We study the effect of bank loan announcements on the borrowing firms' bond and equity prices. Our sample consists of 896 loan deals signed between 1997 to 2003 involving 364 different US firms. We
report the first comprehensive evidence that also firm bond prices react to bank loan announcements. Using a two-day event window, we find significant abnormal bond credit spreads reduction of 11 basis
point spread (BPS) on average. The corresponding average stock price reaction is 26 BPS. While stock returns are unaffected by firm risk, bondholders of riskier firms are more sensitive to the loss given default which increases with bank borrowing. Such firms experience bond credit spread increases. Our analysis also provides an estimate of the net impact on firm value of bank loan announcements, between -5 BPS for riskier and smaller firms and 18 BPS for safer and larger companies. Collectively, the results indicate that the overall positive effect on equity value comes from two sources. First, bank certification reduces information asymmetry. Second, there is a transfer of bondholder's wealth to the shareholders as a result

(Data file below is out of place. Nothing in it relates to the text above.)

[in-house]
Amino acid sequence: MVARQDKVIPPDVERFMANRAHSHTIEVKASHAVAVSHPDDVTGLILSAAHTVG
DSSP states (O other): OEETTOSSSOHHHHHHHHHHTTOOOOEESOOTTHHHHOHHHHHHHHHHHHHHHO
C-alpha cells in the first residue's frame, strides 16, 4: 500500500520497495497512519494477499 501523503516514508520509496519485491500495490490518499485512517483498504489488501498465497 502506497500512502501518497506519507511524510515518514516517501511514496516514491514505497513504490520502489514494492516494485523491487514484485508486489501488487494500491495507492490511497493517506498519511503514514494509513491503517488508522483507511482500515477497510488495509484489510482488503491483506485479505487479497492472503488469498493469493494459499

of claim dilution.